8. The decision is irrational.
An application is pending to amend the Order 53 statement to add the following to the grounds on which relief is sought :-
9. The requirement to make the declaration is contrary to Government policy and public policy not to require nationalists to adopt or submit to symbols, emblems or rituals which have been perceived as manifestations of supremacy and triumphalism or offend the applicants' principles as nationalists.
10. No reasons were given for the impugned decision.
11. The Lord Chancellor had no jurisdiction to exercise the prerogative of appointing senior counsel in Northern Ireland or of attaching any conditions thereto.
The application for disqualification
When the matter came on for the hearing of the substantive application on 4 January 2000, I was informed by C M Lavery QC for the applicants that he had been told that in early June 1997 the Lord Chief Justice had written to the Lord Chancellor stating that the unanimous view of the judges of the Supreme Court was that the declaration should be maintained in its current form. Mr Lavery had not obtained a copy of this letter nor was one provided to the court. I have not seen the letter and I must rely entirely on what I have been told by counsel as to its contents.
The effect of the letter, Mr Lavery submitted, was that all those judges who had expressed the view in June 1997 that the declaration should be retained had implicitly rejected the recommendation of the Elliott Committee and the resolution of the Bar Council that the declaration should be amended in the manner set out in the report. He submitted that, since the attack on the decision to require the declaration to be made included the claim that the decision was irrational, a judge who had recommended that the declaration in its current form be retained would be required to consider the rationality of his own view that the declaration should not be amended. The appearance of bias was unavoidable, therefore.
I immediately informed Mr Lavery that I had no recollection of .having been consulted about the form of the declaration after the publication of the Elliott Committee report or of having expressed any view as to the recommendation made in that report about the amendment of the declaration. Yesterday I was informed by R E Weatherup QC (who appears for the Lord Chancellor) that the statement of the Lord Chief Justice in the letter of June 1997 about the views of the judiciary was in reference to the letter of Lord Justice MacDermott of 23 January 1997 and that the Supreme Court judges had not been consulted about the form of the declaration following the publication of the Elliott Committee report.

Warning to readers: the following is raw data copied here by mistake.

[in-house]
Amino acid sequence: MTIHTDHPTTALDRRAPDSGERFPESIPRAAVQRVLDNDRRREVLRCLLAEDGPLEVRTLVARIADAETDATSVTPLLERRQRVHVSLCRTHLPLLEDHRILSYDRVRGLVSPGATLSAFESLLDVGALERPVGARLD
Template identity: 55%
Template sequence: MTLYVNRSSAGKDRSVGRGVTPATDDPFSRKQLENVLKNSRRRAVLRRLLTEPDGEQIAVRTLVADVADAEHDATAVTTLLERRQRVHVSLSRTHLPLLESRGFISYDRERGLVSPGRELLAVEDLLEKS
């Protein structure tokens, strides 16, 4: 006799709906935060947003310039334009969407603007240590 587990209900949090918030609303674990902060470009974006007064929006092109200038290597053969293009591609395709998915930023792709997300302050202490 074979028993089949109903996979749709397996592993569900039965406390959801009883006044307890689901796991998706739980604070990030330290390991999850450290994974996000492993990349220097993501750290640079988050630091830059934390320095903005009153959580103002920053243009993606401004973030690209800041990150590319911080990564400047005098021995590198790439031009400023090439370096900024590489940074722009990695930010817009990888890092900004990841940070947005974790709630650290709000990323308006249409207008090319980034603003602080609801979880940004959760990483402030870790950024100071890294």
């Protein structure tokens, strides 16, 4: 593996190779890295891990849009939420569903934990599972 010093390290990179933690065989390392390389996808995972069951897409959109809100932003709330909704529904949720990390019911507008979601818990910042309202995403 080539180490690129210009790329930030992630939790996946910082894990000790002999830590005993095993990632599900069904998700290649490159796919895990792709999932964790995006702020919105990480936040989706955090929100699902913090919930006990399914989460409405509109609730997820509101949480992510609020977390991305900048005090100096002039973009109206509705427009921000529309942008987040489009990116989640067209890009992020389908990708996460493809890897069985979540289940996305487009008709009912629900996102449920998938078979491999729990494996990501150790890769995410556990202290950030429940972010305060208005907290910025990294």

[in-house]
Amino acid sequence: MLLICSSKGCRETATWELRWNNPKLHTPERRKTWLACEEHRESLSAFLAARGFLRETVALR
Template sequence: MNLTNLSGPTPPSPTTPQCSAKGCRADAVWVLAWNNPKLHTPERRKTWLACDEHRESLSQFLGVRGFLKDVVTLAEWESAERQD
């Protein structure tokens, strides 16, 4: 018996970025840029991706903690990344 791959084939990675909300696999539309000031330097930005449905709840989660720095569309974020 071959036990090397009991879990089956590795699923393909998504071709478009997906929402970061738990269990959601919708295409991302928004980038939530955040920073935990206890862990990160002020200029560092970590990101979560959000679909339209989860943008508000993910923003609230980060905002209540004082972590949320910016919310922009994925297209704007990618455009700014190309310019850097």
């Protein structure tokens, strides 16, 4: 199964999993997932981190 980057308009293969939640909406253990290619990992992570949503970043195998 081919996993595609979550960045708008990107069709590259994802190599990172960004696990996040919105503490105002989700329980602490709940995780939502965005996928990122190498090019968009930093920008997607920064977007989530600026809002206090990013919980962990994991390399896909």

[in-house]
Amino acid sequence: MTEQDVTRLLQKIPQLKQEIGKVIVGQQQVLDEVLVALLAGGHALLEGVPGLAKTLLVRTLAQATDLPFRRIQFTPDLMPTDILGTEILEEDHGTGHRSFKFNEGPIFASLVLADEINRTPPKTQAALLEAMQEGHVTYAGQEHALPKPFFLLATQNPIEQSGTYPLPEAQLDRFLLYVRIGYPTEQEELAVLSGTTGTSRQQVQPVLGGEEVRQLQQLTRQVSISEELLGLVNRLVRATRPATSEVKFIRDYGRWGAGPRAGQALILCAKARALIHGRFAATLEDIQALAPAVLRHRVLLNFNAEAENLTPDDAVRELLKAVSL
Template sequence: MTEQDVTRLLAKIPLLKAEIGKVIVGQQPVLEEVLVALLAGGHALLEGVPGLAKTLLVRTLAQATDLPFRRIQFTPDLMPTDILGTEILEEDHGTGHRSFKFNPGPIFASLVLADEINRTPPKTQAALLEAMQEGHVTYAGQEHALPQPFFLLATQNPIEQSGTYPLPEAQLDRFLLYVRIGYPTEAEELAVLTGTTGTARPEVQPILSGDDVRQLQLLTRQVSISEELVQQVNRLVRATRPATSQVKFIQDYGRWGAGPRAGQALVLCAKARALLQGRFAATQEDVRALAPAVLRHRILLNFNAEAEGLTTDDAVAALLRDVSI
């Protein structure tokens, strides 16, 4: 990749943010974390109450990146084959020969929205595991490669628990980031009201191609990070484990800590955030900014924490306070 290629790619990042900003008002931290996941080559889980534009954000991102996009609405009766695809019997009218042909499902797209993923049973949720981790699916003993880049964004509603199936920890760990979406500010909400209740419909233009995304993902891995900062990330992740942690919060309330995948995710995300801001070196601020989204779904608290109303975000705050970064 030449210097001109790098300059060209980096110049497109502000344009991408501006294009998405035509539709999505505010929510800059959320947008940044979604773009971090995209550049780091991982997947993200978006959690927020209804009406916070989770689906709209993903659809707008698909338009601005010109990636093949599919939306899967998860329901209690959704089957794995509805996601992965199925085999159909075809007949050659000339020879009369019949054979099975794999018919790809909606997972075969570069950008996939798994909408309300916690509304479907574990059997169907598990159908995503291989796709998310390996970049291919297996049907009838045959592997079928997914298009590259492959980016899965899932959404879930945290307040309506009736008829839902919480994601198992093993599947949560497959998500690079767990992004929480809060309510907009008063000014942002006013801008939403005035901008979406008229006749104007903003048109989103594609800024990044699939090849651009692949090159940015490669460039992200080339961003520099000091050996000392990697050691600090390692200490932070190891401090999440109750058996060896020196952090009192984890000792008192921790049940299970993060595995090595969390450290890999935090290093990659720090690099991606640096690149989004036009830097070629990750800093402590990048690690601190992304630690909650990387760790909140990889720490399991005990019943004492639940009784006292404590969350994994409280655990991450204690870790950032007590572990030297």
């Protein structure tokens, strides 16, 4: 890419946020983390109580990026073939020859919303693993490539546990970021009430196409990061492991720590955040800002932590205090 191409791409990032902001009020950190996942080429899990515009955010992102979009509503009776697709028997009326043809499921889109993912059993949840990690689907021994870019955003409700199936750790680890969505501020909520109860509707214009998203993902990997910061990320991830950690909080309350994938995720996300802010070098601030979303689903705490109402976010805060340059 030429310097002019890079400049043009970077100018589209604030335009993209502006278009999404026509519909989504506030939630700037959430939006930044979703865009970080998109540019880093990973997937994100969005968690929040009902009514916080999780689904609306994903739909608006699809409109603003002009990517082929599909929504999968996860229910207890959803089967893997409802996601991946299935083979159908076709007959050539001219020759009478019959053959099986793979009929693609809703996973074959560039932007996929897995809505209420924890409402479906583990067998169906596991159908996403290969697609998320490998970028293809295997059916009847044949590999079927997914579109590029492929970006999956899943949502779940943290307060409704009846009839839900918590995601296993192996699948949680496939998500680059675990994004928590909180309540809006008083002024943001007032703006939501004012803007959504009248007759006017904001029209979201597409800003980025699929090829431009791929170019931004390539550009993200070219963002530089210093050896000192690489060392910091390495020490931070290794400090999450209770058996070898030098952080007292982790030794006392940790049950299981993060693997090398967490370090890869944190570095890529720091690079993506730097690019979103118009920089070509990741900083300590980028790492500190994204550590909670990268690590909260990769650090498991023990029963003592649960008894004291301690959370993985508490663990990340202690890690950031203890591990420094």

I am now confident that I was not consulted about the form that the declaration should take at any time after the Elliott Committee report was published. I am also certain that, since the publication of the report, I have neither formed nor expressed any view as to how the declaration should be worded.
Mr Lavery submitted that, even if the judges of the Supreme Court had not been consulted, the wording of the letter from the Lord Chief Justice to the Lord Chancellor was clearly a reference to their contemporary views. This, he argued, was an indication of the strength of conviction of the judges about the form that the declaration should take, notwithstanding the recommendation of the Elliott Committee report and the resolution of the Bar Council. I do not accept that submission. As I have already said, I am certain that, since the publication of the Elliott Committee report, I have neither formed nor expressed any view as to the wording which the declaration should take.
Mr Lavery also submitted that apparent bias arose because of the contents of the letter of 23 January 1997 from Lord Justice MacDermott. This recorded the view of all those who were then judges of the Supreme Court that the declaration should be retained in its current form. In itself that was, he argued, a pre-judgment of the rationality of retaining the declaration. Any judge who had subscribed to the view expressed by Lord Justice MacDermott would be required to review the rationality of his already expressed view.